You know that moment when the foreplay has heated up and you realise you need to have *the talk* about using an external condom with your partner?
In the worst case, it leads to you having to defend your choice to only engage in protected sex and in the best case you have to awkwardly disengage while you hunt for a condom and wait for them to put it on – a process in which arousal on both sides could diminish significantly. What if I told you there was a way to make that struggle a thing of the past?
Internal condoms are worn by the partner being penetrated, and can be inserted up to 8 hours prior to sex!
How do internal condoms work?
Internal condoms are a barrier-type of contraception. They are far larger than external condoms, rather than being secured around a penis, they are placed inside the vagina to collect the fluids. The condom typically consists of two rings on either end. The smaller ring is placed inside the vagina to hold the condom up and ensure stability, while the larger outer ring is left outside the vagina to prevent the entire condom from being pushed into the vagina.
Inserting the condom
Step 1: Unwrap and unroll the condom from its packaging.
Step 2: Pinch the internal, i.e., smaller ring, together.
Step 3: Much like you would with a menstrual cup or tampon, push the ring deep inside your vagina
Step 4: Ensure the outer ring rests outside the vaginal canal.
Weighing the pros and cons
Pro: It gives vulva-owners complete control of protection during sex.
Too many women are pressured into having unprotected sex because their partners don’t like how condoms “feel”. Still others are victims of stealthing, i.e., cases where their partners took the condom off before penetration without their partner’s consent. With a female condom, women are able to choose when protection is put on, instead of having to resort to OTC morning-after pills- which can have adverse impacts on their health in the long run.
Con: It’s noisy
If you’re having sex, you’ve probably heard your fair share of unintended sound effects- whether it’s the rectum during anal play or queefs during vaginal penetration. Similarly, the use of internal condoms is accompanied by its own soundtrack. The occurrence of this can be mitigated by inserting the condom significantly in advance, thereby allowing it to properly adhere to the vaginal walls.
Pro: They work with all kinds of lubricants, and are suitable for those with latex allergies.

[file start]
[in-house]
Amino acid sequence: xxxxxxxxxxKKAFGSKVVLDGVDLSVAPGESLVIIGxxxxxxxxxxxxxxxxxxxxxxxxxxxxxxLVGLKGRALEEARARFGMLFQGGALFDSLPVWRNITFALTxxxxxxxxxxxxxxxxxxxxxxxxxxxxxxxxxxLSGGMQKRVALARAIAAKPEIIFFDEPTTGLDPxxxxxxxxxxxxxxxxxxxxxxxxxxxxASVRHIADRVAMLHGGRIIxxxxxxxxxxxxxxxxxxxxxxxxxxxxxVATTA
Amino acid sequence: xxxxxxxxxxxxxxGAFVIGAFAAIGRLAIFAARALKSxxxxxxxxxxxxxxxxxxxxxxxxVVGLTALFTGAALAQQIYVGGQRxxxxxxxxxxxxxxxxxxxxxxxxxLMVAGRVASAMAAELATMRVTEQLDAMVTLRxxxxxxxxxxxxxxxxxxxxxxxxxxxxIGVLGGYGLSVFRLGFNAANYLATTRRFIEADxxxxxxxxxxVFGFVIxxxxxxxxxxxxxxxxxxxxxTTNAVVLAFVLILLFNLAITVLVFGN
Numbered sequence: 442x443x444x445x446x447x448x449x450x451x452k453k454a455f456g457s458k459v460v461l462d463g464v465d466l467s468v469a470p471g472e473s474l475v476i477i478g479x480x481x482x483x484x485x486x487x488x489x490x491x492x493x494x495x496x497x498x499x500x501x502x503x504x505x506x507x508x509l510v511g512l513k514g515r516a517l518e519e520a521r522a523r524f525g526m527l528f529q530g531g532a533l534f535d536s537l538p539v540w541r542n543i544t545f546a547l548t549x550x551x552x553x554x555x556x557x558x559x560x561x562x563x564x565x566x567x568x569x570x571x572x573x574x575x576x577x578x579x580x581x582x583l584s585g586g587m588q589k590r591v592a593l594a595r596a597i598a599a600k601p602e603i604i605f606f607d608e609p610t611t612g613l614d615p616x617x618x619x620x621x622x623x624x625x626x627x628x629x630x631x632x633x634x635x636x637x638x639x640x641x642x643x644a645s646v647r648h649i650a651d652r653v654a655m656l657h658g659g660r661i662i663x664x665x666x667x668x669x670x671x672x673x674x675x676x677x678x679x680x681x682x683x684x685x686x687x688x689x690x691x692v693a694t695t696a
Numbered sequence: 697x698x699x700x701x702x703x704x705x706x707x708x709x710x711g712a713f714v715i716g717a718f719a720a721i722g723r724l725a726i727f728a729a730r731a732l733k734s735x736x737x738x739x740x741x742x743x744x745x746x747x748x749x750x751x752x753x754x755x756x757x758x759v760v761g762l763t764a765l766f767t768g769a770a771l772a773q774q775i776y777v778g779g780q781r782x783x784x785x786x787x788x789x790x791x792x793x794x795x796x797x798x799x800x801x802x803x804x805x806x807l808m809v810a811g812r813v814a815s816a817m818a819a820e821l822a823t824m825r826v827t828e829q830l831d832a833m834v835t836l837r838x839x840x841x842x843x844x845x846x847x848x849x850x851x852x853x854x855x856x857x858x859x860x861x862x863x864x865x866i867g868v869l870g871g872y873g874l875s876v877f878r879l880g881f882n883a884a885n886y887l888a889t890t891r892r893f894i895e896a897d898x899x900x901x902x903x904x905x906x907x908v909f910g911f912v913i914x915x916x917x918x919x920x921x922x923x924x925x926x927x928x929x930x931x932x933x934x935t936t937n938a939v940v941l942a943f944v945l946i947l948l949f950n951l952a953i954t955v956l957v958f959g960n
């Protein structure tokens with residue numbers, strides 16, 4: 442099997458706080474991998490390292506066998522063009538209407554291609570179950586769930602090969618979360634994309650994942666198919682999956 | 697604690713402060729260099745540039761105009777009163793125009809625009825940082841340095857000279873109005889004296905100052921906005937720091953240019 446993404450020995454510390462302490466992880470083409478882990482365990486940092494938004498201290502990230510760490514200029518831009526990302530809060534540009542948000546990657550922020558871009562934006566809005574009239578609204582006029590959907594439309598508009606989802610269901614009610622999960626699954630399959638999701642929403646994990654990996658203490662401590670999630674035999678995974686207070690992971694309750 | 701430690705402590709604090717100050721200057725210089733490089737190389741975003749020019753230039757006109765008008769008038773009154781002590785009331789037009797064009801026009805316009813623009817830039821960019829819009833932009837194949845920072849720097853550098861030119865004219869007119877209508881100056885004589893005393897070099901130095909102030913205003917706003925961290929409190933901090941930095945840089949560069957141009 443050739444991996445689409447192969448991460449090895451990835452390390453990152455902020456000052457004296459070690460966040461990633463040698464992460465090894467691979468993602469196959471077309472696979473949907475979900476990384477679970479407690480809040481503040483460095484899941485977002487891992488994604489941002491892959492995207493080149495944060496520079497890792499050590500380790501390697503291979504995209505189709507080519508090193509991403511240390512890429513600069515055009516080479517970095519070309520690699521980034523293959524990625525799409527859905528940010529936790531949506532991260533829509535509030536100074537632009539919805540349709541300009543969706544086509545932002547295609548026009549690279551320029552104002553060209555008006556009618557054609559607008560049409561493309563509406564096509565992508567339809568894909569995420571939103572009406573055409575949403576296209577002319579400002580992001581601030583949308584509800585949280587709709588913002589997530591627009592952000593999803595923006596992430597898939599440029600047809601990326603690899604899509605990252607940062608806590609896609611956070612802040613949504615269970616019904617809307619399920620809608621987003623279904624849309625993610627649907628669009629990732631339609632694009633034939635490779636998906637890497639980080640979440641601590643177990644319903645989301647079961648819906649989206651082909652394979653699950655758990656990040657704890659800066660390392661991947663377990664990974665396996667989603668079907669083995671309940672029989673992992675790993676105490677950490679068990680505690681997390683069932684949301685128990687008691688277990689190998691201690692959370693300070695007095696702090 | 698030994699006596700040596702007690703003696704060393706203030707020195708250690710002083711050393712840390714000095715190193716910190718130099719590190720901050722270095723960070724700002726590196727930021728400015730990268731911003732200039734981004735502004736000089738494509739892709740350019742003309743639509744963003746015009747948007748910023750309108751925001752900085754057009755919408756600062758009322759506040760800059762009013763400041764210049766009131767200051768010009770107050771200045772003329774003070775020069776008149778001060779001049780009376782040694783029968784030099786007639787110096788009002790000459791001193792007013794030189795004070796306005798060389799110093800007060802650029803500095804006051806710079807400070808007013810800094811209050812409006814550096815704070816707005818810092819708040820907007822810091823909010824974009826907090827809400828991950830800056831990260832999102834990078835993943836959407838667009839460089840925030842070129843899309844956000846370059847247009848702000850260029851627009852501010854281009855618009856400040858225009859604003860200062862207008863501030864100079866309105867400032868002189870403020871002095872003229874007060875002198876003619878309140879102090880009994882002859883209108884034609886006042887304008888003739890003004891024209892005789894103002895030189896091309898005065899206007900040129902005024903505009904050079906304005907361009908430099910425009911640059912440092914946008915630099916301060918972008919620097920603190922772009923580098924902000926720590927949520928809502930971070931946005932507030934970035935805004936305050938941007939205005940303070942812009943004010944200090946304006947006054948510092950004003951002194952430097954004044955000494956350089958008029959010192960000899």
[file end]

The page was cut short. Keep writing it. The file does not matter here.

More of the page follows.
Popular external condoms which are usually made of latex and can dissolve when put in contact with-oil based lubricants.Internal condoms on the other hand, are made of polyurethane or nitrile. This means they’re safe to use for people with latex allergies as well as with all kinds of lubricants.
Con: They require practice to be inserted correctly
Much like menstrual cups, it takes a while to get the hang of popularly inserting and using a female condom. For a lot of people, this adjustment period discourages their use of the condom.
Pro: They could increase sexual pleasure
Because of the location of the two rings, i.e deeper in the vagina and against the vulva, wearing a female condom could increase the sexual satisfaction of the vulva-owner, as each thrust is felt deeper and also against the clit. Women have also reported feeling more physical satisfaction due to the extra lubricant on the condom.
Con: They are not as effective as external condoms
When used correctly, internal condoms will result in 5 pregnancies for every 100 women, while external condoms will result in 2. The difference in efficacy is a lot more stark when you consider the possibility of the condom being used incorrectly, which will lead to 21 pregnancies for every 100 women.
The discrepancy between male and female contraception
The fact of the matter is that internal condoms are not as widely available as external condoms. When they are found at more specialised pharmacies and stores they are also more expensive than external condoms. Furthermore, while the external (male) condom has evolved through 4 generations, internal condoms have not received the same level of attention by the R&D departments of Big Pharma. Currently, there is only one model of internal condoms available in the market, the FC1, which was developed in 1993. As of 2021, there exists only one other model that is undergoing clinical trials- PATH’s Woman’s Condom.
It is hard to determine whether concerns about the efficacy of internal condoms have prevented their widespread use and further development, or whether they have been deprioritised as compared to products designed for male use. Nevertheless, they provide women with options to exercise their sexual agency and for that we are always grateful!